For crafty gifts, pair how-to books with supplies
CONCORD, N.H. (AP) — Santa has his crew of crafty elves, but those of us living south of the North Pole could use a little help.
Sure, your creative friends and loved ones will appreciate a how-to book full of new projects for an existing hobby, or ideas that could spark a new one. But consider going the extra mile by putting together a DIY kit with supplies that allow them to dive right in. Want to really make it special? Make one of the projects yourself and tuck it in with the book and supplies as inspiration.
I’ve been lucky enough to be on the receiving end of this idea. Admittedly, I was perplexed when I tore away the wrapping paper and found a stack of used books with no discernable theme — a novel, a biography, a collection of famous quotations and a picture book. My confusion disappeared when I opened the second parcel my friend presented to me: a book about making crafts with recycled books.
“Book Art: Creative Ideas to Transform Your Books into Decorations, Stationery, Display Scenes and More” by Clare Youngs (CICO Books, 2018) includes nearly three dozen projects ranging from simple cards to elaborate three-dimensional sculptures. Rather than have your recipient rooting around in her home library, hit up some yard sales or thrift stores and pick out a few hefty hardcovers. Ideally, offer a mix of newer volumes and well-worn tomes, some with dense text and some with colorful illustrations. Consider including a craft knife, an awl for punching holes and a glue stick. A small, self-healing cutting mat also would come in handy, as would some tracing paper for transferring designs to book pages. If you’re lucky, you might get a handmade thank-you card featuring one of the projects!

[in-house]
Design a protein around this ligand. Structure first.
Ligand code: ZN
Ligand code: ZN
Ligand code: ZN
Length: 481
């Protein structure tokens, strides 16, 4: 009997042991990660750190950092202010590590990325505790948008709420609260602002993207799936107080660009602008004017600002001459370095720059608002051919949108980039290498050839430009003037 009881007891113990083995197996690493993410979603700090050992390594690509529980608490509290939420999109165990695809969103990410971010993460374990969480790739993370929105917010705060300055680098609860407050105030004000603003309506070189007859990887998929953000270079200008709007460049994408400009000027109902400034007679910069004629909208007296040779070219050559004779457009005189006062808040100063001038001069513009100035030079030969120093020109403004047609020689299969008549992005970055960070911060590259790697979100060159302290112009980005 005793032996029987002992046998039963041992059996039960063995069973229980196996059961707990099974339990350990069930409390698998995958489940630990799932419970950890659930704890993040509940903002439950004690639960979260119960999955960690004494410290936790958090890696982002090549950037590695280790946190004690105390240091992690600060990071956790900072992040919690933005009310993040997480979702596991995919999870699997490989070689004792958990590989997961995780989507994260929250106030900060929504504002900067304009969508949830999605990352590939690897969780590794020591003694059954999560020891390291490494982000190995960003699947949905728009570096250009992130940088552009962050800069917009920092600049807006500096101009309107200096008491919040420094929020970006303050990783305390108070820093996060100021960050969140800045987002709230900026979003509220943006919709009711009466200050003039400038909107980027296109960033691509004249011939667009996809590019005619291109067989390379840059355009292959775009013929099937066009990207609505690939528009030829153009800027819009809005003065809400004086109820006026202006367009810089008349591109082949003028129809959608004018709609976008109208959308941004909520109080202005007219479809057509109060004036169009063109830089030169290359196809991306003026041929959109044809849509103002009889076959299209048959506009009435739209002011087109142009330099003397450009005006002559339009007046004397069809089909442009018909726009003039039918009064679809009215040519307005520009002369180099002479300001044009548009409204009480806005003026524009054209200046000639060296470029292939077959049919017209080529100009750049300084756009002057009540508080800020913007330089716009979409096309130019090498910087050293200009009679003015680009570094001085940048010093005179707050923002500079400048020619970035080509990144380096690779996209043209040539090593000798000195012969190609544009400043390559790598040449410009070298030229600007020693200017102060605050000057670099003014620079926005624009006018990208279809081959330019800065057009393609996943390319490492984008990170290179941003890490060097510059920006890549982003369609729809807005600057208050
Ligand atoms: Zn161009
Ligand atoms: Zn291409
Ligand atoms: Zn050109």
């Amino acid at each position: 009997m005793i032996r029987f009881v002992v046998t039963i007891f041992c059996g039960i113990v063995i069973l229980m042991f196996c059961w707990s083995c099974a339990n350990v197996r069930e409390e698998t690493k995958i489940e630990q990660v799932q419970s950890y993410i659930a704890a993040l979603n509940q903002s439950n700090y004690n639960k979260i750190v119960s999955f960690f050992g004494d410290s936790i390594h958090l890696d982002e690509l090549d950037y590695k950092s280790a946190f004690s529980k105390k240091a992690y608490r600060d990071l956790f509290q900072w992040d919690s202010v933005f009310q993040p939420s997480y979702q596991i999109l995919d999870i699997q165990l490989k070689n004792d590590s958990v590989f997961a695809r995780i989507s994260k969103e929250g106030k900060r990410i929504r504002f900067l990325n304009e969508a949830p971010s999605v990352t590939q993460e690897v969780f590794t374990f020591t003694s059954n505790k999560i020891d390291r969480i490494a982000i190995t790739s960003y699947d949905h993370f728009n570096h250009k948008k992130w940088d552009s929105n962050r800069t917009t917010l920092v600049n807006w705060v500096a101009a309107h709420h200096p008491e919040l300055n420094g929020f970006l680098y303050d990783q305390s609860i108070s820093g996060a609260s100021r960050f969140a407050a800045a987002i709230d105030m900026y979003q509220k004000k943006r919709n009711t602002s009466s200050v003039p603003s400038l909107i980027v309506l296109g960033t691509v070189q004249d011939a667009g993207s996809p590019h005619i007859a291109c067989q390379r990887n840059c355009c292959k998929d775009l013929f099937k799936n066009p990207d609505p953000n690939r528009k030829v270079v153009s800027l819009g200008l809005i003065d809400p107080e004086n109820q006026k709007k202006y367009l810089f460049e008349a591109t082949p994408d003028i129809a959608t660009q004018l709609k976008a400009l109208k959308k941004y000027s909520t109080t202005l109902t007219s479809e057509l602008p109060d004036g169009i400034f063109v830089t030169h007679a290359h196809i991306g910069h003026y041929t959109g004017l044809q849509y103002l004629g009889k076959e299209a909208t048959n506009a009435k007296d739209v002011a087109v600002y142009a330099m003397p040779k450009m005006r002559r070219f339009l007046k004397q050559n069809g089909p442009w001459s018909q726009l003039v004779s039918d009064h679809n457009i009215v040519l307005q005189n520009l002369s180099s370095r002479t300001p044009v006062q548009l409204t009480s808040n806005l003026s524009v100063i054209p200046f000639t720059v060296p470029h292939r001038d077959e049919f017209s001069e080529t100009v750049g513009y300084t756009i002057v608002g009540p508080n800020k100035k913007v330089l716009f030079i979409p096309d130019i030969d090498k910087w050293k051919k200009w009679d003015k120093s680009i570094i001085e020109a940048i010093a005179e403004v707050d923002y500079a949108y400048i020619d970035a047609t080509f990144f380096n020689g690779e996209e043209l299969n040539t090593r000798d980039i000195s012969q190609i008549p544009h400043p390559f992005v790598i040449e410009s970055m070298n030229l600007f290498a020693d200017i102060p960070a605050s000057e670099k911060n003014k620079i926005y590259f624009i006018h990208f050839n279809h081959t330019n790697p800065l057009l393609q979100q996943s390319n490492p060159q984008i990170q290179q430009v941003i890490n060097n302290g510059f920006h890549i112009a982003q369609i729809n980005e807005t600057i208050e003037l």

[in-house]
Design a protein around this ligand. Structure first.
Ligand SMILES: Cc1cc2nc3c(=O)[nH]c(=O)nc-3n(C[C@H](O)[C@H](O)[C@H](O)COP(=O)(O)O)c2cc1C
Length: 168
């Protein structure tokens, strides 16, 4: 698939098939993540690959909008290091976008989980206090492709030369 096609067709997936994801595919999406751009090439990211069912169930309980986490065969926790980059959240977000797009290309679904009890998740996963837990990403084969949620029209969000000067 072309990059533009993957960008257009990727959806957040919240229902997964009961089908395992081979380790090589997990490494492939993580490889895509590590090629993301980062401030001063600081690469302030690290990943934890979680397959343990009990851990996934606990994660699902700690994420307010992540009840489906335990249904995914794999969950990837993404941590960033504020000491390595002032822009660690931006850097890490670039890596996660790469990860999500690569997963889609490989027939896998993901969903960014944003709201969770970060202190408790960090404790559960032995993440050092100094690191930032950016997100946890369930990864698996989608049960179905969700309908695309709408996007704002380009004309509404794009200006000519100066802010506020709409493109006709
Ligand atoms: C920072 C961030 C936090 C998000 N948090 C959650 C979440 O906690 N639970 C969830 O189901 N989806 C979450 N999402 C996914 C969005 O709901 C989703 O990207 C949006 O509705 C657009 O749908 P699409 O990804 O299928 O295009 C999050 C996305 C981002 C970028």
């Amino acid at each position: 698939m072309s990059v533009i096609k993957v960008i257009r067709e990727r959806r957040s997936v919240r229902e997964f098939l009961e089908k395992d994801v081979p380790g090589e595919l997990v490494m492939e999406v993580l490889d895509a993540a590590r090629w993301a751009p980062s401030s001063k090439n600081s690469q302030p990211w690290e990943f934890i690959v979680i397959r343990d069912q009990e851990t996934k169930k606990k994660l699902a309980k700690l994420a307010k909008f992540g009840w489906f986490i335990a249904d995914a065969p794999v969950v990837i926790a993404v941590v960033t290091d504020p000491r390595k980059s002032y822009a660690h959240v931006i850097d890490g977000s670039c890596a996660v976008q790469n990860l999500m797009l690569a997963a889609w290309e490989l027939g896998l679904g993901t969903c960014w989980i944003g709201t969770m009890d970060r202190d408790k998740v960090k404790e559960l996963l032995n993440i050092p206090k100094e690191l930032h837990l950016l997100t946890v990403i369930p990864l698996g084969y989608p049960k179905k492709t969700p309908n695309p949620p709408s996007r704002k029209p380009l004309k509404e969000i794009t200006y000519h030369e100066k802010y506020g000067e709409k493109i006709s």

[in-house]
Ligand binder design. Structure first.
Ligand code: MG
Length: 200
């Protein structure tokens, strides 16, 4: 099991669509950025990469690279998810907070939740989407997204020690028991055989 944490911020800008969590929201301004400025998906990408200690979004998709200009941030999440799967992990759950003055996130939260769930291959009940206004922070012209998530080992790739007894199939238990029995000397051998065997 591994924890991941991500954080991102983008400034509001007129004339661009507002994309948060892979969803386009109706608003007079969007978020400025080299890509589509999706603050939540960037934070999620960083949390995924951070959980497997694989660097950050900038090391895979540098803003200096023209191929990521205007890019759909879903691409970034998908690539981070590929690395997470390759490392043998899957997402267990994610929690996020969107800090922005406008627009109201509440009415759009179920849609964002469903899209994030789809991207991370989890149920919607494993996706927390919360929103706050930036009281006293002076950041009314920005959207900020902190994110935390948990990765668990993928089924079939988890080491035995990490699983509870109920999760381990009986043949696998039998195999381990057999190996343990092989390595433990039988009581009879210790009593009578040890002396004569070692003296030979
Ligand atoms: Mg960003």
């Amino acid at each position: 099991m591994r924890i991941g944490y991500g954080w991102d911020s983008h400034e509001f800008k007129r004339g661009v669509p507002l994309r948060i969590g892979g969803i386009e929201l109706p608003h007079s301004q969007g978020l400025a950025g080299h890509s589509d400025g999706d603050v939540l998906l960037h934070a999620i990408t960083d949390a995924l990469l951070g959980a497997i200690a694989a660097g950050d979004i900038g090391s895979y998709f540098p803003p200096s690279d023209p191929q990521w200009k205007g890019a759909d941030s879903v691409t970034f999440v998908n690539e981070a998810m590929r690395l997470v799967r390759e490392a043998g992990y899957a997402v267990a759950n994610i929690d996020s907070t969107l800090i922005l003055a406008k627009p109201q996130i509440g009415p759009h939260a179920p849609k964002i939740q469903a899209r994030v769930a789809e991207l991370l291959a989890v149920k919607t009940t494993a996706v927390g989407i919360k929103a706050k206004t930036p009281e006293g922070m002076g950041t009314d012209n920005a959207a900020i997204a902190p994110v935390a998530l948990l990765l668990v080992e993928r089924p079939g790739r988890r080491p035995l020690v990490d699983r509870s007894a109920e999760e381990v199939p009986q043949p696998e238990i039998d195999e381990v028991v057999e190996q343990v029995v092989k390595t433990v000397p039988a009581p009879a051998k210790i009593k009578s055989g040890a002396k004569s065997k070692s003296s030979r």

If you have any knitters on your list, “Pom Pom Animals” by Trikotri (NIPPAN IPS Co., 2018) provides plenty of projects to use up leftover yarn. The book includes 45 adorable and surprisingly realistic-looking animals, and while I’m not sure anyone but the hippest of hipsters would actually wear a squirrel head brooch, the animals would be cute atop hair ties for children or pinned to tote bags. Put together a basket of supplies including plastic pom pom makers in various sizes, wool yarn in various shades of brown, white, gray and black, a package of plastic safety eyes and a small assortment of wool roving. While these projects may be a bit too intricate for children, the idea can easily be adapted by choosing a book aimed at a younger audience and pairing it with brightly colored acrylic yarn. The Klutz brand of activity-based books includes several pom pom titles that include supplies with the instructions.
Embroidery has made a comeback in the fashion world in recent years, spawning multiple how-to books. “Hoop Dreams” by Cristin Morgan (Abrams, 2018) features modern designs and instructions for projects ranging from simple decorative hoops to jewelry. Embroidery floss comes in a near endless array of colors, so pick out a handful and package them up with some hoops, needles, scissors and marking pens. The small monogramed hoop featured in the first chapter would make a good Christmas ornament, too.
And while no one wants a lump of coal in his or her stocking, a box of rocks is a different story. Rock painting, from the mesmerizing patterns of mandala stones to cute critters, is getting trendy, and a DIY kit is easy and fairly inexpensive to put together. Buy an assortment of acrylic craft paint and brushes, paint pens and varnish, and collect rocks from around your yard, a beach or a riverbank. “Art on the Rocks” by F. Sehnaz Bac, Marisa Redondo and Margaret Vance (Quarto Publishing Group, 2017) features about three dozen projects for rocks of all shapes and sizes.